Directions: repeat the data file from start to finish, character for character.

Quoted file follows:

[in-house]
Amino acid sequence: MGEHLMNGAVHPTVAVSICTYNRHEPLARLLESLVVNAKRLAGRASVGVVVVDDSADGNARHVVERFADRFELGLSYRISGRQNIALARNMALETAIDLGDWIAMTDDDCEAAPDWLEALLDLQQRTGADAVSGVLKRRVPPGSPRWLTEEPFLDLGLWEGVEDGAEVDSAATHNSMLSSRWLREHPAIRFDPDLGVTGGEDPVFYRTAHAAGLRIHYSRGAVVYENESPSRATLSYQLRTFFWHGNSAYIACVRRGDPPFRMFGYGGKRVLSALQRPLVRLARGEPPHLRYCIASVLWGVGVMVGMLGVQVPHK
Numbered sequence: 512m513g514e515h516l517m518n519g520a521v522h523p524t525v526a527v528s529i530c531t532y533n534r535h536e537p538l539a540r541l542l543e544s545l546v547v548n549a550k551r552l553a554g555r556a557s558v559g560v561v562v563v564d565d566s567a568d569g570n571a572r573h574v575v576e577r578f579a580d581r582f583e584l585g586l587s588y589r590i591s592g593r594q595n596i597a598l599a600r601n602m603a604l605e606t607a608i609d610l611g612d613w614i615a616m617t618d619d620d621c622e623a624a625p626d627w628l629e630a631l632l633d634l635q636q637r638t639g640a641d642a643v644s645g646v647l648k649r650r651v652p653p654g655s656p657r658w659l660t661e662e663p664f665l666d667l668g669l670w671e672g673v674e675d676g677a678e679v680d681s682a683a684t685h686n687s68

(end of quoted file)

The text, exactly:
[in-house]
Amino acid sequence: MGEHLMNGAVHPTVAVSICTYNRHEPLARLLESLVVNAKRLAGRASVGVVVVDDSADGNARHVVERFADRFELGLSYRISGRQNIALARNMALETAIDLGDWIAMTDDDCEAAPDWLEALLDLQQRTGADAVSGVLKRRVPPGSPRWLTEEPFLDLGLWEGVEDGAEVDSAATHNSMLSSRWLREHPAIRFDPDLGVTGGEDPVFYRTAHAAGLRIHYSRGAVVYENESPSRATLSYQLRTFFWHGNSAYIACVRRGDPPFRMFGYGGKRVLSALQRPLVRLARGEPPHLRYCIASVLWGVGVMVGMLGVQVPHK
Numbered sequence: 512m513g514e515h516l517m518n519g520a521v522h523p524t525v526a527v528s529i530c531t532y533n534r535h536e537p538l539a540r541l542l543e544s545l546v547v548n549a550k551r552l553a554g555r556a557s558v559g560v561v562v563v564d565d566s567a568d569g570n571a572r573h574v575v576e577r578f579a580d581r582f583e584l585g586l587s588y589r590i591s592g593r594q595n596i597a598l599a600r601n602m603a604l605e606t607a608i609d610l611g612d613w614i615a616m617t618d619d620d621c622e623a624a625p626d627w628l629e630a631l632l633d634l635q636q637r638t639g640a641d642a643v644s645g646v647l648k649r650r651v652p653p654g655s656p657r658w659l660t661e662e663p664f665l666d667l668g669l670w671e672g673v674e675d676g677a678e679v680d681s682a683a684t685h686n687s68